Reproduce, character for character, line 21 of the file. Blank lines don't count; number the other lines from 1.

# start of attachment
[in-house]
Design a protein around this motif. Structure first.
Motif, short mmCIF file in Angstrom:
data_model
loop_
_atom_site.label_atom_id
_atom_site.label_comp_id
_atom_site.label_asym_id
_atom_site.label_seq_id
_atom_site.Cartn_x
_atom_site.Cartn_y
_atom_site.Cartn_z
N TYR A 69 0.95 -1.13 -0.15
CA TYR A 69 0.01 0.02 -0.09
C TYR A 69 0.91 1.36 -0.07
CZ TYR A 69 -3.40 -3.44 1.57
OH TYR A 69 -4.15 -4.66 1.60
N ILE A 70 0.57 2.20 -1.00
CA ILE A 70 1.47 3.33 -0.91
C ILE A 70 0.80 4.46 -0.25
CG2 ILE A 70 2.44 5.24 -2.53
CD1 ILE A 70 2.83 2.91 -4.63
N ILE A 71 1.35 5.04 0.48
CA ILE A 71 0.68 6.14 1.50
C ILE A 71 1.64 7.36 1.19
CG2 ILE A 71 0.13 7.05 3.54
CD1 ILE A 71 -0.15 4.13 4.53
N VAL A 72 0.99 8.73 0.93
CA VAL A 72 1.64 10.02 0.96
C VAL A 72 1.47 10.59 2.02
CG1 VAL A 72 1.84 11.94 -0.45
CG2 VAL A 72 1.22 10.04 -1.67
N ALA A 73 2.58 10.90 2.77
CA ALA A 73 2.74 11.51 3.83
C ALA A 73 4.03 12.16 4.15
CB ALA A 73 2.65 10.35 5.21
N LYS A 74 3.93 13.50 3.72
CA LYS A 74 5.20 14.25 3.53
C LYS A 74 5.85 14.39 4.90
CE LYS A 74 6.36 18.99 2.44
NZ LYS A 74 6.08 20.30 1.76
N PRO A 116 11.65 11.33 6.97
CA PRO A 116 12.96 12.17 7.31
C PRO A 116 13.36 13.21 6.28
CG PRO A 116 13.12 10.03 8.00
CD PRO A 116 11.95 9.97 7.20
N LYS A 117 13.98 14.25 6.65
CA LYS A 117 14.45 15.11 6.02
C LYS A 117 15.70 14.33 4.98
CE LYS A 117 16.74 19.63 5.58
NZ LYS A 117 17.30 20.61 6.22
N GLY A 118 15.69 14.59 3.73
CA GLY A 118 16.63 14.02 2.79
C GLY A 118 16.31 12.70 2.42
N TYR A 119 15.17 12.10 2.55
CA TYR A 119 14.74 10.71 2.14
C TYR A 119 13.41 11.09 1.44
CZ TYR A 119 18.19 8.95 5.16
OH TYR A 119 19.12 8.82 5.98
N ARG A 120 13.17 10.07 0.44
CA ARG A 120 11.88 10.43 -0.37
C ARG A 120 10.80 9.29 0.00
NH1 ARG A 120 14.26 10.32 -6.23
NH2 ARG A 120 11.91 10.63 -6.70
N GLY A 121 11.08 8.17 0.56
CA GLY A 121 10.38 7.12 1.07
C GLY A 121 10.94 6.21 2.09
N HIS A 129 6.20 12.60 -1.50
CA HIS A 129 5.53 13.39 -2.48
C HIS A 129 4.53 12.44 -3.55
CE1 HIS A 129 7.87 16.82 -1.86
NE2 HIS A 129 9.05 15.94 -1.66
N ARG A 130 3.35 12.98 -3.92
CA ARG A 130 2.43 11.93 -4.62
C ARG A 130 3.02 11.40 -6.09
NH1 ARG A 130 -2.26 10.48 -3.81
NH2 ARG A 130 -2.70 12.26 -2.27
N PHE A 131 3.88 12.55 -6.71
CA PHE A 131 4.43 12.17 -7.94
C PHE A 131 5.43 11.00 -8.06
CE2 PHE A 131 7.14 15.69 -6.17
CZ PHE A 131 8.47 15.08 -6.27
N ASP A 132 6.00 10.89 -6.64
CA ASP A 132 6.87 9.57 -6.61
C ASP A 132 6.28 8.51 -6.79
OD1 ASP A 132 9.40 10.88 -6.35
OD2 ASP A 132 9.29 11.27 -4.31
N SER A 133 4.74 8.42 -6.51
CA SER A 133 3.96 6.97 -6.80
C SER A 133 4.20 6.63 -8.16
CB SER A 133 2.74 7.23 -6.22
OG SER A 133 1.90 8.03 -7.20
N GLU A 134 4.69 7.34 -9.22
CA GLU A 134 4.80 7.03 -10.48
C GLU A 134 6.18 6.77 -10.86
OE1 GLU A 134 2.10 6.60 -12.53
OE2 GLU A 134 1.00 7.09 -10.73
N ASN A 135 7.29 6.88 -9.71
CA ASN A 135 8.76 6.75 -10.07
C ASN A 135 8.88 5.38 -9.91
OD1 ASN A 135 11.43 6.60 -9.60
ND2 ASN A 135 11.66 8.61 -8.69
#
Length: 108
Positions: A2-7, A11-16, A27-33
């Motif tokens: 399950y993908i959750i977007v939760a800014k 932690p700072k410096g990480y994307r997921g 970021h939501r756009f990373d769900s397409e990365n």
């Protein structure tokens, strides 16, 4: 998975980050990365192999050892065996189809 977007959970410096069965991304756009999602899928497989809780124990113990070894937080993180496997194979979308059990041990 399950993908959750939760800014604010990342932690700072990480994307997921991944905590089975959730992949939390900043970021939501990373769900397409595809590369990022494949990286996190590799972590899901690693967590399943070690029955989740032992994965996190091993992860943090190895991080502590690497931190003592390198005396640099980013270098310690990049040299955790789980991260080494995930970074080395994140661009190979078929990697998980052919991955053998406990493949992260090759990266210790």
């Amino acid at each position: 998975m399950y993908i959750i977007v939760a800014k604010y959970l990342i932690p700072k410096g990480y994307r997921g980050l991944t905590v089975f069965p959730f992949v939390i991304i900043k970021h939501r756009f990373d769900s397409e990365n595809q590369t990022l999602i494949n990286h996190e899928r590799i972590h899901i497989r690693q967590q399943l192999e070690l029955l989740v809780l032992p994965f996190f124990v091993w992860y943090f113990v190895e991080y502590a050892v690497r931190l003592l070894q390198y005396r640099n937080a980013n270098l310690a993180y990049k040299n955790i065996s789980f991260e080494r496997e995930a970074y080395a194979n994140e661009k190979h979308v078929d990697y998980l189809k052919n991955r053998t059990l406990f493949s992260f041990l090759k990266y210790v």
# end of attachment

CG2 ILE A 70 2.44 5.24 -2.53